Cage The Elephant
RCA Records 
Fire Note Says: Cage The Elephant’s uneven third LP Melophobia has some great moments.
Bowling Green’s (KY) Cage The Elephant has returned with their third LP, Melophobia. Cage The Elephant has been a popular band in their first two outings and their sound remains true in all its crowd-pleasing glory. This is true in the sense that there is a song here that is probably to your liking, but not one that captures the magic of previous singles “Ain’t No Rest For The Wicked” or “Shake Me Down.”
Cage The Elephant uses a shotgun approach on Melophobia with many different sounds and types of songs. The phrase jack of all trades but master of none definitely resonates here. The band even admits that it was difficult for them to find cohesiveness while trying to blend five disparate voices. Such self-awareness doesn’t lend itself to a change that would help the album to feel tighter.
Surprisingly Cage The Elephant sounds the best on their more straightforward tracks. “Halo” comes closest to having mass appeal. It’s a power pop jangle that showcases lead singer Matt Shultz’s voice. The chorus is pure ear candy that I could listen to on repeat all day. With lyrics like “I remember how you took my favorite knife and slipped it under my skin” it’s not all sweetness either. It may not stand out in a sea of power pop bands with similar sounds, which makes me understand some of the risks that the band takes. “Teeth” and “It’s Just Forever” try to harden the album but just gave me a headache. “Come A Little Closer” is more subdued in tone but has a swelling chorus that doesn’t overdo it. “Take It Or Leave It” has a dance groove at its core that fits well on Melophobia.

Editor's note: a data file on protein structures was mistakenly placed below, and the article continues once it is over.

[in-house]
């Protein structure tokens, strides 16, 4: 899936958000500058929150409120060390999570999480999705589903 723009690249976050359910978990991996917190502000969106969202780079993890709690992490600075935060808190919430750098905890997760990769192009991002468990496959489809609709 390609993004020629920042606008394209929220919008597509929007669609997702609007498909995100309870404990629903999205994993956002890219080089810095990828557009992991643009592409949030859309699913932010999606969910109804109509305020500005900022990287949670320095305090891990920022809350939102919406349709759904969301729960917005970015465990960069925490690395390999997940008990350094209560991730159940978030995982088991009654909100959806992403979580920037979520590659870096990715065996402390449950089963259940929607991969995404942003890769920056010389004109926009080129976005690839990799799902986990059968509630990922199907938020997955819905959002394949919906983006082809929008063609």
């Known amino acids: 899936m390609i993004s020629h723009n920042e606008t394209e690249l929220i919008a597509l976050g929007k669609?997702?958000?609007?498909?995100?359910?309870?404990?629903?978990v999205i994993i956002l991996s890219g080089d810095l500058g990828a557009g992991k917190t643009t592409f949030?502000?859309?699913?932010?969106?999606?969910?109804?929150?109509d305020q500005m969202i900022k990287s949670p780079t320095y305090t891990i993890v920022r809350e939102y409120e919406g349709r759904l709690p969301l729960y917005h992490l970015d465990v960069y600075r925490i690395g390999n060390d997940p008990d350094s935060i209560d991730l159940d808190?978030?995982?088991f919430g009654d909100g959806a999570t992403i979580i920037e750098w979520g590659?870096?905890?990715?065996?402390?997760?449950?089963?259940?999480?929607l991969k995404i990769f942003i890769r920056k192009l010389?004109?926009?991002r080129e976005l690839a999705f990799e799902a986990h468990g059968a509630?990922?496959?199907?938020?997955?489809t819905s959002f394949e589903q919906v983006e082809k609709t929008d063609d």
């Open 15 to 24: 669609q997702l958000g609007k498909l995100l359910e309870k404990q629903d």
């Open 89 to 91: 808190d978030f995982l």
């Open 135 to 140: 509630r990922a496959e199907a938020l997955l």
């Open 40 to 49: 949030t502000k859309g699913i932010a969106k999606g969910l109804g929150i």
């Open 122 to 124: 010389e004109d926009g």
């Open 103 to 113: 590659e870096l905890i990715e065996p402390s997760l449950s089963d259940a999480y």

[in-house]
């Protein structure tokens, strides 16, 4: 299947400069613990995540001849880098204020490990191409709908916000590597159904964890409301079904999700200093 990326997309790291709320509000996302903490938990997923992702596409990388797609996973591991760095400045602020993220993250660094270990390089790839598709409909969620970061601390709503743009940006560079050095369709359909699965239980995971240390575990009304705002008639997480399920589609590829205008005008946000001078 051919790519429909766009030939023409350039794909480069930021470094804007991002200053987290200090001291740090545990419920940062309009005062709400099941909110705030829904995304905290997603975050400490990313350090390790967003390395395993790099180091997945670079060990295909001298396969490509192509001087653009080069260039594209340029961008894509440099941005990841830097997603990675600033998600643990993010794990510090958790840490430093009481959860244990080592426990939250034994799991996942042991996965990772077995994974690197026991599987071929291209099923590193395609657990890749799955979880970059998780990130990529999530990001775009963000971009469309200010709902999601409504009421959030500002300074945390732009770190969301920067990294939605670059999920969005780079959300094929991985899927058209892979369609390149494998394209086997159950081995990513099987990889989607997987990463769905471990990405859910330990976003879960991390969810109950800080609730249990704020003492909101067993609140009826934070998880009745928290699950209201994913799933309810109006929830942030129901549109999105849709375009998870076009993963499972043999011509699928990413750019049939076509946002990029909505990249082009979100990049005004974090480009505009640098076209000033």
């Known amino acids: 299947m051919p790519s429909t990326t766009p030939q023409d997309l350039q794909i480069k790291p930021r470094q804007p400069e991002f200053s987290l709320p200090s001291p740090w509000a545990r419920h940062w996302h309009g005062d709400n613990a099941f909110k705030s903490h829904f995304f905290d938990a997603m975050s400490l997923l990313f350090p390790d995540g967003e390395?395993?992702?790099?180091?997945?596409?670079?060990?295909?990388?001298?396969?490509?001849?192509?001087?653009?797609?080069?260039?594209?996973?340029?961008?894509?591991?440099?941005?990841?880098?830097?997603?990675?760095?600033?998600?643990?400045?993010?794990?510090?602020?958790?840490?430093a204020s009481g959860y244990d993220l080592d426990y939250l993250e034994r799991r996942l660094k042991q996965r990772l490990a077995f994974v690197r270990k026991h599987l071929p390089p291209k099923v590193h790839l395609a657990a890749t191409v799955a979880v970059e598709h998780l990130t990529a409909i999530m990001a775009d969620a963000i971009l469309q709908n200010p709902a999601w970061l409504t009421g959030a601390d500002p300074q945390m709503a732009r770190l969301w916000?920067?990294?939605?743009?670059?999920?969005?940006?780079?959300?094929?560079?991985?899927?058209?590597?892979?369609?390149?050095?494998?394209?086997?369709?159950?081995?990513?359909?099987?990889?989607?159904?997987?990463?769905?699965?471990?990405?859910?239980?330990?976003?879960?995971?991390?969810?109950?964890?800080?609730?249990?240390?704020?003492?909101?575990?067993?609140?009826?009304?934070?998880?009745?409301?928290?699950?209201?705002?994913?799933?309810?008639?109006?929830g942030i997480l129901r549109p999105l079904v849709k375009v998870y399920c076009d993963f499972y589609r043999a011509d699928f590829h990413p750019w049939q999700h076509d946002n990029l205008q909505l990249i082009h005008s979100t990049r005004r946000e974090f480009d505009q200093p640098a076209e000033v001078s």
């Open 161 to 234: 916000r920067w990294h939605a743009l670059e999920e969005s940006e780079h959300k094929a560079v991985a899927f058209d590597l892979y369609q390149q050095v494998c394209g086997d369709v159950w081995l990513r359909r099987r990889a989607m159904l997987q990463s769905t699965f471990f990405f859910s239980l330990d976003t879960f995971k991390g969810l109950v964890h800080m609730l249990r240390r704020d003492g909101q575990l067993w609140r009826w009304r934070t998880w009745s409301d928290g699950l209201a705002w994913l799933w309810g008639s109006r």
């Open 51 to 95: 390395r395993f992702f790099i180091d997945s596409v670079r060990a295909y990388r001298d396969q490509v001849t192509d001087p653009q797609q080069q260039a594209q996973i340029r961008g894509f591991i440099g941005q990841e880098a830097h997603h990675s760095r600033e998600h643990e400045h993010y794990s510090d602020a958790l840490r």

As I listened to Melophobia I could appreciate the tracks that worked for me but struggled through the ones that didn’t fit the album’s aesthetic. This latter category constituted too much of the album to give it a hearty recommendation. Two or three songs shone bright, five were alright, and two or three grated on my nerves. It’s great to take risks and try different sounds and I hope that what Cage The Elephant learns on this album builds (and hones) their sound for the next outing. More focus could make the listening experience less disorienting or uneven.
Key Tracks: “Come A Little Closer,” “Halo,” “Take It Or Leave It”
Artists With Similar Fire: Noah And The Whale / Paper Lions / JEFF The Brotherhood
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-Reviewed by Matthew Heiner
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